The Sacred Valley amazed us with the Inca architecture, ingenuity, and even agricultural laboratories on a giant scale.  I couldn’t help but feel both sad and angered about the utter destruction of this culture by the Spaniards and the Catholic Church.

Yet in Arequipa we found a beautiful working cloistered monastery.  There will be some great photos of the place.  In Arequipa Wooly discovered Anis Najar Seco and Recoto Rellenos.  The first is a dry licorice liqueur and the second is a spicy twist on the stuffed pepper.  There is also a great legend about the volcanoes that tower over the town.

June in Cusco is a lot of fun.  It seems like the entire month is one festival after another with all the crowds to squeeze past.  And ladies, when in Cusco keep your purse zipped and hold it tight, or better yet, leave it in the hotel safe.  Regardless it’s still a lot of fun.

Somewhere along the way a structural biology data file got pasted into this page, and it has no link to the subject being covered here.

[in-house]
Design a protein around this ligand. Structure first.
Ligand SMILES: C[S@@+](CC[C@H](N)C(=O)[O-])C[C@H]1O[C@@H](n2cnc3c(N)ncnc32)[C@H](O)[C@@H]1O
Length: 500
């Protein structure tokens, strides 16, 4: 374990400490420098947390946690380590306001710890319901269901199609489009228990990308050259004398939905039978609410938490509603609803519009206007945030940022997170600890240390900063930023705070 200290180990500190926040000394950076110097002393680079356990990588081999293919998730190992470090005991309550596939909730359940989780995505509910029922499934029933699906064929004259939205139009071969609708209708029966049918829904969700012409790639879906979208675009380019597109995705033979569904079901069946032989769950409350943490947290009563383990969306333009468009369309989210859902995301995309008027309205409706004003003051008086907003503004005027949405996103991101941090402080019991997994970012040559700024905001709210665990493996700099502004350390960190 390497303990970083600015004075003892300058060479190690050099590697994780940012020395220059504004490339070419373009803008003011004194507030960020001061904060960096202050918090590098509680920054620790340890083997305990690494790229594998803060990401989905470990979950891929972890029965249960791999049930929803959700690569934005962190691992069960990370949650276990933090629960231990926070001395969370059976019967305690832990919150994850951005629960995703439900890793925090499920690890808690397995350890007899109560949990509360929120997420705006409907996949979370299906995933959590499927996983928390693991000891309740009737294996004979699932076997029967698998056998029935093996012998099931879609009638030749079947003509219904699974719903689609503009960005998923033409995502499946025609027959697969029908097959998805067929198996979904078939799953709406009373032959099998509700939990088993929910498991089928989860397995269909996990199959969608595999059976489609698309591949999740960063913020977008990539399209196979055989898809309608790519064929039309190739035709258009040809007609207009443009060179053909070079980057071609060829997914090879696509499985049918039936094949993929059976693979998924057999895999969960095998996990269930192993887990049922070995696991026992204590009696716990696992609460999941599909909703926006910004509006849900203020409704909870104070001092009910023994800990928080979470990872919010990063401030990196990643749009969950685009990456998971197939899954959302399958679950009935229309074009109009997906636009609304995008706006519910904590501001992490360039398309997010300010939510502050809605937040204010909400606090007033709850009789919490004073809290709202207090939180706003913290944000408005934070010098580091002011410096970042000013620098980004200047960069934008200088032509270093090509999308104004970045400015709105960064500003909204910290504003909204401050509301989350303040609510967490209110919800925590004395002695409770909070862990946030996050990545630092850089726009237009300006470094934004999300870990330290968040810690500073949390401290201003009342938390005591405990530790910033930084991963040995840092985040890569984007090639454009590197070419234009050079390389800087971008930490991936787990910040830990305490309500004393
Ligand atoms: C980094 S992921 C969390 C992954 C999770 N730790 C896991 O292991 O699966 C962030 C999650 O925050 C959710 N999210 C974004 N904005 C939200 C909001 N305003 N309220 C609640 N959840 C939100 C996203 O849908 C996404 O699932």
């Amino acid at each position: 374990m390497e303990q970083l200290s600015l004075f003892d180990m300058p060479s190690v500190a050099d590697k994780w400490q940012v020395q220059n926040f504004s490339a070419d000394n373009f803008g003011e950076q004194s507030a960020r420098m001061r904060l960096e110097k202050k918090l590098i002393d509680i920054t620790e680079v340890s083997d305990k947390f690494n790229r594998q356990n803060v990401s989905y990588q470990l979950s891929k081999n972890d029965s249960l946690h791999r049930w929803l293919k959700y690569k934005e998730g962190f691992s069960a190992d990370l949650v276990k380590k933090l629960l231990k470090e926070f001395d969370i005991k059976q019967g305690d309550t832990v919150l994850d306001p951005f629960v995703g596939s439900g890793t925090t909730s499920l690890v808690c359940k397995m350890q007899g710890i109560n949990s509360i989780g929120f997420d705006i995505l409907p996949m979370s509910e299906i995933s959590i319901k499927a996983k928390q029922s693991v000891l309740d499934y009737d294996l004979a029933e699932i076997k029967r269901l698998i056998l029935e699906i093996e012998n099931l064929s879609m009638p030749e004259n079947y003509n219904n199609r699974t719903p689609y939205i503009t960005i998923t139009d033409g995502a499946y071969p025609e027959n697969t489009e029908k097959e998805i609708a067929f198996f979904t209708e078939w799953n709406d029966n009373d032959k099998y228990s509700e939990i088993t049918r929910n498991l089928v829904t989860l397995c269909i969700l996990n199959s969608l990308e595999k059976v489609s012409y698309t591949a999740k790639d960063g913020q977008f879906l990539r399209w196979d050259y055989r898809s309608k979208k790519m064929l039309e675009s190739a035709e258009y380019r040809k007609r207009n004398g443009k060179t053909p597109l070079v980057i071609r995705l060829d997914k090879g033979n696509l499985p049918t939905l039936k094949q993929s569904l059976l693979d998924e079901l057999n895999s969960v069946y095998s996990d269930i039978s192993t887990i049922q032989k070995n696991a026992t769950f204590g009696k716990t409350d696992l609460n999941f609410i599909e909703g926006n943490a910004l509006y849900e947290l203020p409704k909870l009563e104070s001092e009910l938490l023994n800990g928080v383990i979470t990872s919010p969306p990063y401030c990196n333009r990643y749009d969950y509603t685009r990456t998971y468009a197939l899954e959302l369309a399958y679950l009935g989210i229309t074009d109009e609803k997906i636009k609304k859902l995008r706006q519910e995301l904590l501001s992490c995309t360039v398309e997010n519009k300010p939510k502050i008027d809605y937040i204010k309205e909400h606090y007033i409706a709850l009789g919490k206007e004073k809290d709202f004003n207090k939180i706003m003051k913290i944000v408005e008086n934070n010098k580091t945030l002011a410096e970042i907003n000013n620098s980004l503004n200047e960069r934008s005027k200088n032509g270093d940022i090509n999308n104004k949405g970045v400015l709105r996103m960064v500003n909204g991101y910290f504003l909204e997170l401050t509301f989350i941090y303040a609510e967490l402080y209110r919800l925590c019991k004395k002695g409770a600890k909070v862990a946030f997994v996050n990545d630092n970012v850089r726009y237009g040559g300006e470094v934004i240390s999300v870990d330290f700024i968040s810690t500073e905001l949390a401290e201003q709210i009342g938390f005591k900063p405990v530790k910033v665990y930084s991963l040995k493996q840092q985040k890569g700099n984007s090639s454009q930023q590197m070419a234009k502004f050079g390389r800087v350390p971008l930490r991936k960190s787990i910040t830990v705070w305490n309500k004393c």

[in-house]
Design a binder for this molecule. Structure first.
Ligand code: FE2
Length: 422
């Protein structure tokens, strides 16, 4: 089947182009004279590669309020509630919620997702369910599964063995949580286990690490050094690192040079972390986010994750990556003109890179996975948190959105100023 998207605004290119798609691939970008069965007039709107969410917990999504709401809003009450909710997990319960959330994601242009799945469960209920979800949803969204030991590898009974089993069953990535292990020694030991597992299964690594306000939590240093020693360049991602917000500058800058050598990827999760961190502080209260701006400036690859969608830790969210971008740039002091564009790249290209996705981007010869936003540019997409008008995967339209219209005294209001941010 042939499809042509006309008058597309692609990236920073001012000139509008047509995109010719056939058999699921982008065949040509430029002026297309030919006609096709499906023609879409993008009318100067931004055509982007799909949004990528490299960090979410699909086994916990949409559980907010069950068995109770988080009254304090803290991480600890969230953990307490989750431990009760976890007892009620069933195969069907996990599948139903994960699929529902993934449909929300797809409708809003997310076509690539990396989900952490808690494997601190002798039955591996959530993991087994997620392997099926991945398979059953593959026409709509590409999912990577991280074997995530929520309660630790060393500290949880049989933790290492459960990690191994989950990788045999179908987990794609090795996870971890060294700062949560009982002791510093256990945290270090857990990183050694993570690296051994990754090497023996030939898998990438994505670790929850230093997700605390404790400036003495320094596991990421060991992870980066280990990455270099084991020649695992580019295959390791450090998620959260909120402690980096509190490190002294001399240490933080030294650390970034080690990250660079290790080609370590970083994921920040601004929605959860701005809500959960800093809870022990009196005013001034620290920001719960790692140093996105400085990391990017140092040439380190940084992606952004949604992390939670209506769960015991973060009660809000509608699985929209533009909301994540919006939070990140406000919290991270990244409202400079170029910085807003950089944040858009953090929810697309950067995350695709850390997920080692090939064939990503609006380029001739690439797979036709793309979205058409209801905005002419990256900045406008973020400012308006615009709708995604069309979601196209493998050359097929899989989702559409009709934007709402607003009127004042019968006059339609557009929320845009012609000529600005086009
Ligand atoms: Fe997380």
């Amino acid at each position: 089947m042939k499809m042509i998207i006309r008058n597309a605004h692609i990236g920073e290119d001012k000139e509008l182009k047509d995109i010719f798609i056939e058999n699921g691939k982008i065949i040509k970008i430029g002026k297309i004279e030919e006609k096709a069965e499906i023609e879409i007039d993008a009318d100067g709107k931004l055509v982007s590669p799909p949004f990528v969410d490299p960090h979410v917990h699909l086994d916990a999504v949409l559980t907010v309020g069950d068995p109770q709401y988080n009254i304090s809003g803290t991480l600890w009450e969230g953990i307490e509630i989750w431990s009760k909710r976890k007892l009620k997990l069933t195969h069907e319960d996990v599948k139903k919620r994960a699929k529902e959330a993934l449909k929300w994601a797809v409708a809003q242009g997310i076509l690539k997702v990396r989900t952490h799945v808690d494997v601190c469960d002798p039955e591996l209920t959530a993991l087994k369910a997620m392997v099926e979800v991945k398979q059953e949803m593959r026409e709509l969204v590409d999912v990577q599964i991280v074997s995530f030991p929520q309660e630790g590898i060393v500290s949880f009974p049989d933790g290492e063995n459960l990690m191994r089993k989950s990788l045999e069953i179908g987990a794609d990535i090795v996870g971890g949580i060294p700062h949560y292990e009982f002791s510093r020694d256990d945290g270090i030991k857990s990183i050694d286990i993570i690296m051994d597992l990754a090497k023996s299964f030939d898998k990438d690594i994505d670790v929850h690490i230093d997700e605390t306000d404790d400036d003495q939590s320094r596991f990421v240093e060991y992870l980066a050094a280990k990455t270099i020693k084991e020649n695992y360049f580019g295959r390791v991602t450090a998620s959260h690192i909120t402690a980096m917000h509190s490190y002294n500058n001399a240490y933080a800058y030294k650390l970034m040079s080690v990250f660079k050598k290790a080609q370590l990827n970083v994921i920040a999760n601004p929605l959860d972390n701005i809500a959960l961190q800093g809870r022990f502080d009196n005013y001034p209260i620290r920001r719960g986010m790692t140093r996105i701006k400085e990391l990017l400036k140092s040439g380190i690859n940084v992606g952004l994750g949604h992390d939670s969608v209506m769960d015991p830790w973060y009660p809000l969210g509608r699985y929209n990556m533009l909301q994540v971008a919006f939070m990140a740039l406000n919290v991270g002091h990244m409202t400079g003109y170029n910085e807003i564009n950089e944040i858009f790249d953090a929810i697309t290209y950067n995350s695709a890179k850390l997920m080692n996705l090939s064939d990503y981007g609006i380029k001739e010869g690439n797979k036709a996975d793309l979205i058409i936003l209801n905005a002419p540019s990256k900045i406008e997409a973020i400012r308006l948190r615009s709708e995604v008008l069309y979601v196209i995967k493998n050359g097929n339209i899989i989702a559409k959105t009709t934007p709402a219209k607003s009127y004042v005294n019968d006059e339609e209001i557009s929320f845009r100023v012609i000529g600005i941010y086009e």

And yes, I’m back on the blogging wagon so you will hear and see all about them.  You will follow us on our journey in the order we traveled it which means you have to keep checking in because Machu Piccu is last.  And that’s also how I would recommend you schedule your own trip to Peru.  Machu Piccu will overshadow the rest of your trip if you go there first.  Save the best for last, just like I’m going to blog about it.

In the meantime while you’re waiting for the next post, enjoy this picture of a condor’s eye while he is in flight.

You're being watched.
You’re being watched.